Financial Advisors Pay Closer Attention to Amazon.com, Inc. (NASDAQ:AMZN) as It Plans Parcel Delivery Business
The US stock market had a wild ride last week, which ended with all three main indexes losing over 5% and erasing all the gains recorded since the beginning of the year. On Monday, February 5, stocks extended their sell-off for the second day, with Dow Jones entering correction territory and S&P 500 recording the worst day in six years. On Tuesday, stocks gained some ground back as some investors rushed to buy the dip, but in intraday trading on Wednesday, Dow Jones and S&P 500 recorded their biggest reversals since August 2015 and February 2016, respectively, as they started to decline in the afternoon following an increase in 10-year Treasury yields. Thursday resulted in Dow Jones dropping by 1,000 points and entering correction territory as it lost over 10% from its record highs and S&P 500 lost 3.75%, broking below 100-day moving average and closing below 2,600 points. Both Indexes posted modest gains on Friday, February 9, which pared some of the losses, but Dow Jones still had its worst week in two years. In this way, the Dow Jones Industrial Average and S&P 500 lost 5.21% and 5.16%, respectively, while tech-laden Nasdaq Composite slid by 5.06% between February 5 and February 9.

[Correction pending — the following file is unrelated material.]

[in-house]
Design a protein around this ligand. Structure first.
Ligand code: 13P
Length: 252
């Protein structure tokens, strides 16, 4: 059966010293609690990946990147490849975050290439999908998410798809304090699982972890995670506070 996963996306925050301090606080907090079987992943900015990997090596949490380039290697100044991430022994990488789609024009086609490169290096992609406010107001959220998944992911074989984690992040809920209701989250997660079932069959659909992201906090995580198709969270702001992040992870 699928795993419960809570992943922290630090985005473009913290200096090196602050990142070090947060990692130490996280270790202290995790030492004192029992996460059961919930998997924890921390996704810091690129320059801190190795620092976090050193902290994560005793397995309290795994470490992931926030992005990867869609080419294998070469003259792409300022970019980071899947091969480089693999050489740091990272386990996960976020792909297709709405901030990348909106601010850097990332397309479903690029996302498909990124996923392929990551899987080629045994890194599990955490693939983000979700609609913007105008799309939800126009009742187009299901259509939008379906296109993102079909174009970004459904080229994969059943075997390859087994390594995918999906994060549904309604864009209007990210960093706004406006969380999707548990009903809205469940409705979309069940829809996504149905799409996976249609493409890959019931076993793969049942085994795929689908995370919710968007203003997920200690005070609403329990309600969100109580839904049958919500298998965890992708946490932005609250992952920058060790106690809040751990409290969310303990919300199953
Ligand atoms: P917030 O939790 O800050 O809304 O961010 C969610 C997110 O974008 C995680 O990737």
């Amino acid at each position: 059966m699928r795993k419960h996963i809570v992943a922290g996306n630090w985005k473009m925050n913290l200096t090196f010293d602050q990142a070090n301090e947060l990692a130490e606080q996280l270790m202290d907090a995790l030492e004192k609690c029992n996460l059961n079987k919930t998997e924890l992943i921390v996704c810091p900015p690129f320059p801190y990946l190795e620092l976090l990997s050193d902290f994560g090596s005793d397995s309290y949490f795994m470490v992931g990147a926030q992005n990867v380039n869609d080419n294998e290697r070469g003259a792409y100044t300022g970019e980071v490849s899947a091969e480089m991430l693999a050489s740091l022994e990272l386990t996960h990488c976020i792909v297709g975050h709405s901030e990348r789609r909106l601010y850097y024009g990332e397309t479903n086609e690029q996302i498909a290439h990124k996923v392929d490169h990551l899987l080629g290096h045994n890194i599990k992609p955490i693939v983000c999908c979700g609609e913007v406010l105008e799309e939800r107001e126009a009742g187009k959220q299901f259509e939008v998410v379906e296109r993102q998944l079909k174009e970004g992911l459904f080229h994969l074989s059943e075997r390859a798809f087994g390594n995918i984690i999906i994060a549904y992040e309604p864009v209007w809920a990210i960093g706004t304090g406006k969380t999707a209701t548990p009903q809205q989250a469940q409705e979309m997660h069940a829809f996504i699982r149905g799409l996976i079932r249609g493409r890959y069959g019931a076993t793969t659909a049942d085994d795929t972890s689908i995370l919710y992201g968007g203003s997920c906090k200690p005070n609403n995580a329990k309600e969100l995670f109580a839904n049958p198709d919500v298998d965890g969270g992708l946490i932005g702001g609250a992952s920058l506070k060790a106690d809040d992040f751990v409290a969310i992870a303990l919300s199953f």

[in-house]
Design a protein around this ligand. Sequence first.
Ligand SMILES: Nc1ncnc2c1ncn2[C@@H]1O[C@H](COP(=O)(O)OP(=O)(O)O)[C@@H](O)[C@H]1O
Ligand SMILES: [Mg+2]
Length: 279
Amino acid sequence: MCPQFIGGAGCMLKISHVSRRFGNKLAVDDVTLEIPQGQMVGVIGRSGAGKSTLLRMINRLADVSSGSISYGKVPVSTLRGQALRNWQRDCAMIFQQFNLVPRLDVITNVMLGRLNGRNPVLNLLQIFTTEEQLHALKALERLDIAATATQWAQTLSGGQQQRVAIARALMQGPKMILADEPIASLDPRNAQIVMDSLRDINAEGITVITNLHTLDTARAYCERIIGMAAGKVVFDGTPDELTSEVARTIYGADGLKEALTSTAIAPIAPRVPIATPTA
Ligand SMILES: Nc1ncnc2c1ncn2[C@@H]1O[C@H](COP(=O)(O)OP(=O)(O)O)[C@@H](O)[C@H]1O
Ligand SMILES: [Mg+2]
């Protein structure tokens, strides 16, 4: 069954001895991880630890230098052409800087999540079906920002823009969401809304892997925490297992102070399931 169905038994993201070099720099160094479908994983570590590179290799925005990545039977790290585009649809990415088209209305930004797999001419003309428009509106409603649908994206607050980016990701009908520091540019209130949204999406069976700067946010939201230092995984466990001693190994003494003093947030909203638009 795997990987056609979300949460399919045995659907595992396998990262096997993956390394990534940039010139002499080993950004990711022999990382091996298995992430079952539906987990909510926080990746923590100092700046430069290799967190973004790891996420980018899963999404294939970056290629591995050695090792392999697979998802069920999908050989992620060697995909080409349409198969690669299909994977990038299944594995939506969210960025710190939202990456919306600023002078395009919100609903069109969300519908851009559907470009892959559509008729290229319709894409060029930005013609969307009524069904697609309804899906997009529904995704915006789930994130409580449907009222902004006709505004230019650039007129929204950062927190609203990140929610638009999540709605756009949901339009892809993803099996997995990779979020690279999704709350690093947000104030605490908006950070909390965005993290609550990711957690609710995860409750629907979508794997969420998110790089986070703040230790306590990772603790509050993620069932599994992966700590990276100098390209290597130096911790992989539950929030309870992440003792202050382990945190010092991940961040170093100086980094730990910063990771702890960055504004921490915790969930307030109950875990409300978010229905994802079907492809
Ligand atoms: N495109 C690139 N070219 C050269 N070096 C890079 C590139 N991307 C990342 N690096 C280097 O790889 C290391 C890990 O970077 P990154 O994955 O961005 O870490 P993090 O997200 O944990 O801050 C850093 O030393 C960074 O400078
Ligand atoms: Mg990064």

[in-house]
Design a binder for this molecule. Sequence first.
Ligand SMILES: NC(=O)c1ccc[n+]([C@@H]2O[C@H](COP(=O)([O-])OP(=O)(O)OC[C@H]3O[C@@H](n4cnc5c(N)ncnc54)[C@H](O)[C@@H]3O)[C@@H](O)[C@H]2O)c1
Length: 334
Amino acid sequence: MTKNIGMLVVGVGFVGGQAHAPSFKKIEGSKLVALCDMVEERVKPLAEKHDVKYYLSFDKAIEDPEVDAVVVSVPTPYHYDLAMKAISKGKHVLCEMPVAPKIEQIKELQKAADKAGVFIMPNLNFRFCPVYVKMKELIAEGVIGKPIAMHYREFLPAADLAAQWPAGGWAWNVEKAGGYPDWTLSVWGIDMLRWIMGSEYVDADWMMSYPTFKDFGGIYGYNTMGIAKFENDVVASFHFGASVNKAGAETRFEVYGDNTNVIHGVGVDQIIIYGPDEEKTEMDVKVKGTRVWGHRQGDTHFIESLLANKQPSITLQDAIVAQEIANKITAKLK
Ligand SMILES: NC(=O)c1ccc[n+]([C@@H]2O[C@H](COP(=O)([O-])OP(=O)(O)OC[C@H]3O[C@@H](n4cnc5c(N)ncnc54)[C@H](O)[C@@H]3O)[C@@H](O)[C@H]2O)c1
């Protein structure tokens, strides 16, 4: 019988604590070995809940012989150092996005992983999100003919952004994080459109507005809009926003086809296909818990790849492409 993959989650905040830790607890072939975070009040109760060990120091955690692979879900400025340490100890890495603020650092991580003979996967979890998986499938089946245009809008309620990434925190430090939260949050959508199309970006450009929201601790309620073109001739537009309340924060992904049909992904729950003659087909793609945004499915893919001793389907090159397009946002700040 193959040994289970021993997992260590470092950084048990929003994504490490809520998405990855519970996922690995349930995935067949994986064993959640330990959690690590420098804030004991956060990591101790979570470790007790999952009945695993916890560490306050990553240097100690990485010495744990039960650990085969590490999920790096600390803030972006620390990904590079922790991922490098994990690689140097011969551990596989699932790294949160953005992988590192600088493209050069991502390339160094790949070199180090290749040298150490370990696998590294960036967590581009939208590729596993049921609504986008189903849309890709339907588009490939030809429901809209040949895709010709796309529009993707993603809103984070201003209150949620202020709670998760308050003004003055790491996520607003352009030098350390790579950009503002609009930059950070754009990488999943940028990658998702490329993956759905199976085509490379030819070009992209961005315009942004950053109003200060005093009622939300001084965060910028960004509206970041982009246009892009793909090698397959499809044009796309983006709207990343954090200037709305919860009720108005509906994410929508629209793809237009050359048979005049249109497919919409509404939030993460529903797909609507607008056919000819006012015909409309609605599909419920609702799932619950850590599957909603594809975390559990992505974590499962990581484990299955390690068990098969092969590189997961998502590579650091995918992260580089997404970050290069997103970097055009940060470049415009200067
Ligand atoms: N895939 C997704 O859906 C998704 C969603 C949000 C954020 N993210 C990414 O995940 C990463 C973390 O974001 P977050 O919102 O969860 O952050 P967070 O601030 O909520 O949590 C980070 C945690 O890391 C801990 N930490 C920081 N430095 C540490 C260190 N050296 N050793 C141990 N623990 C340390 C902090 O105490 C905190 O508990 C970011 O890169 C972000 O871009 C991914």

Among the developments that spooked investors last week were the massive government spending bill that was signed into law on Friday, ending a brief government shutdown. Positive economic data, such as a drop in weekly jobless claims to a 45-year low, sent yields higher, which in turn aided the sell-off. Moreover, oil prices slid for the sixth day on Friday and registered their worst weekly decline in two years, which sent oil stocks lower. Nevertheless, despite the turmoil in US and overseas markets, many analysts believe that the volatility is temporary and there are no signs of a recession on the horizon.
At the same time, the fourth-quarter earnings season is ongoing and by February 9, 68% of the S&P 500 companies reported their results, which were mostly positive, according to FactSet. Among the companies that have reported their results, 74% posted better-than-expected EPS and 79% recorded revenue surprises.
Many individual companies were in the spotlight last week as well, both in connection with their financial results, as well as other developments. Financial Advisors’ were keeping an eye on Apple Inc. (NASDAQ:AAPL) and Freeport-McMoRan Inc. (NYSE:FCX) last week. According to TrackStar, InvestingChannel’s official newsletter capturing and analyzing the trends of Financial Advisors, Apple Inc. (NASDAQ:AAPL) and Freeport McMoRan Inc. (NYSE:FCX) ranked as the top most-searched tickers between February 4 and February 10, as the former had reported its financial results the previous week and last week investors continued to digest the results and other news, such as The Wall Street Journal’s reports that Goldman Sachs is in talks with Apple Inc. (NASDAQ:AAPL) to finance iPhone purchases and that Apple Music is on pace to overtake Spotify in terms of subscribers. Freeport McMoRan Inc. (NYSE:FCX) made headlines last week after the company reinstated its dividend of $0.05 per share to replace the one it cancelled in 2015 due to a drop in commodity prices.